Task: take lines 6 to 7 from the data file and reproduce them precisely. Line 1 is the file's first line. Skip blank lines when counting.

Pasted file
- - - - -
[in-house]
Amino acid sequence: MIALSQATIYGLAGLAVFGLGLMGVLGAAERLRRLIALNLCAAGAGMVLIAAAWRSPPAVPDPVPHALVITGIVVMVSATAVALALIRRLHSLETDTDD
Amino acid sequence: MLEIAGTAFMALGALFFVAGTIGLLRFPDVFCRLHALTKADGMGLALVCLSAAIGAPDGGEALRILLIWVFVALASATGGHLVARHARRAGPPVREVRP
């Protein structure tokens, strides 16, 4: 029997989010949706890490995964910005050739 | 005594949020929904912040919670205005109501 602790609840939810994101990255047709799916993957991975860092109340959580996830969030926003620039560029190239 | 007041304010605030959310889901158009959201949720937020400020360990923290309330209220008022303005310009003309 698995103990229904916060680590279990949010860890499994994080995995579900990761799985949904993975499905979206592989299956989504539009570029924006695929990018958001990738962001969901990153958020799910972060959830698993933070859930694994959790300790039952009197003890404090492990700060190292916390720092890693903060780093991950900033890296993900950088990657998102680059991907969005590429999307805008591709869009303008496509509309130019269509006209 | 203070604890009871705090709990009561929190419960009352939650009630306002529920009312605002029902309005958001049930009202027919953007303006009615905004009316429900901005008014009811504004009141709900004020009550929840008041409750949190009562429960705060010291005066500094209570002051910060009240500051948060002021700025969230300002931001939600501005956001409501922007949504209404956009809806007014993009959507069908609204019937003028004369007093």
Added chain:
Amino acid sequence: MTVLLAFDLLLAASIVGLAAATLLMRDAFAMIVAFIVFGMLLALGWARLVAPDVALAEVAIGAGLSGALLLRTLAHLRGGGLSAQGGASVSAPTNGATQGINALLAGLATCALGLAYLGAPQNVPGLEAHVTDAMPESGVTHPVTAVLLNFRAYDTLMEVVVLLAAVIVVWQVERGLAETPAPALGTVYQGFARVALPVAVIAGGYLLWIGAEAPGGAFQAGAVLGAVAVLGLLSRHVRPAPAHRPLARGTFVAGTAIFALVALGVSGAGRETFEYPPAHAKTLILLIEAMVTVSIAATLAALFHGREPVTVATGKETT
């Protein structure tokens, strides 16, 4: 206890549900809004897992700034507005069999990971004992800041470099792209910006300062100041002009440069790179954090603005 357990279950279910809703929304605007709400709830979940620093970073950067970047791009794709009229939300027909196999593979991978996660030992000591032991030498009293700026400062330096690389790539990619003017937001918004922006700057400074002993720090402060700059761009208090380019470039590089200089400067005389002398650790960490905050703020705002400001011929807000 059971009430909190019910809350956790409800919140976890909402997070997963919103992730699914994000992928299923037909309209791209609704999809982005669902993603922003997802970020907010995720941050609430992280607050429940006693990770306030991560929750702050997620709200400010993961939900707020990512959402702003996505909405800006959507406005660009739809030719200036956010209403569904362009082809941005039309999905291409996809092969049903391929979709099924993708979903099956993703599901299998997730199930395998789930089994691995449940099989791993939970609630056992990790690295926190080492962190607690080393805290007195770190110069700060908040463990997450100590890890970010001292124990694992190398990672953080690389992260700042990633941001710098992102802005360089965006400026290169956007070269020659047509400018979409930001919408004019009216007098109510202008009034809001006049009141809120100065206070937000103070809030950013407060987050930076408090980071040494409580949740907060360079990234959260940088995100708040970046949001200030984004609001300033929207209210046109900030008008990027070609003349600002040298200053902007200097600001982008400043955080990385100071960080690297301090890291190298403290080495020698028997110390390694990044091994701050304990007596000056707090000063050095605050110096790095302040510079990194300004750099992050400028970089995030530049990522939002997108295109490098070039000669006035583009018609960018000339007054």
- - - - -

Amino acid sequence: MTVLLAFDLLLAASIVGLAAATLLMRDAFAMIVAFIVFGMLLALGWARLVAPDVALAEVAIGAGLSGALLLRTLAHLRGGGLSAQGGASVSAPTNGATQGINALLAGLATCALGLAYLGAPQNVPGLEAHVTDAMPESGVTHPVTAVLLNFRAYDTLMEVVVLLAAVIVVWQVERGLAETPAPALGTVYQGFARVALPVAVIAGGYLLWIGAEAPGGAFQAGAVLGAVAVLGLLSRHVRPAPAHRPLARGTFVAGTAIFALVALGVSGAGRETFEYPPAHAKTLILLIEAMVTVSIAATLAALFHGREPVTVATGKETT
């Protein structure tokens, strides 16, 4: 206890549900809004897992700034507005069999990971004992800041470099792209910006300062100041002009440069790179954090603005 357990279950279910809703929304605007709400709830979940620093970073950067970047791009794709009229939300027909196999593979991978996660030992000591032991030498009293700026400062330096690389790539990619003017937001918004922006700057400074002993720090402060700059761009208090380019470039590089200089400067005389002398650790960490905050703020705002400001011929807000 059971009430909190019910809350956790409800919140976890909402997070997963919103992730699914994000992928299923037909309209791209609704999809982005669902993603922003997802970020907010995720941050609430992280607050429940006693990770306030991560929750702050997620709200400010993961939900707020990512959402702003996505909405800006959507406005660009739809030719200036956010209403569904362009082809941005039309999905291409996809092969049903391929979709099924993708979903099956993703599901299998997730199930395998789930089994691995449940099989791993939970609630056992990790690295926190080492962190607690080393805290007195770190110069700060908040463990997450100590890890970010001292124990694992190398990672953080690389992260700042990633941001710098992102802005360089965006400026290169956007070269020659047509400018979409930001919408004019009216007098109510202008009034809001006049009141809120100065206070937000103070809030950013407060987050930076408090980071040494409580949740907060360079990234959260940088995100708040970046949001200030984004609001300033929207209210046109900030008008990027070609003349600002040298200053902007200097600001982008400043955080990385100071960080690297301090890291190298403290080495020698028997110390390694990044091994701050304990007596000056707090000063050095605050110096790095302040510079990194300004750099992050400028970089995030530049990522939002997108295109490098070039000669006035583009018609960018000339007054």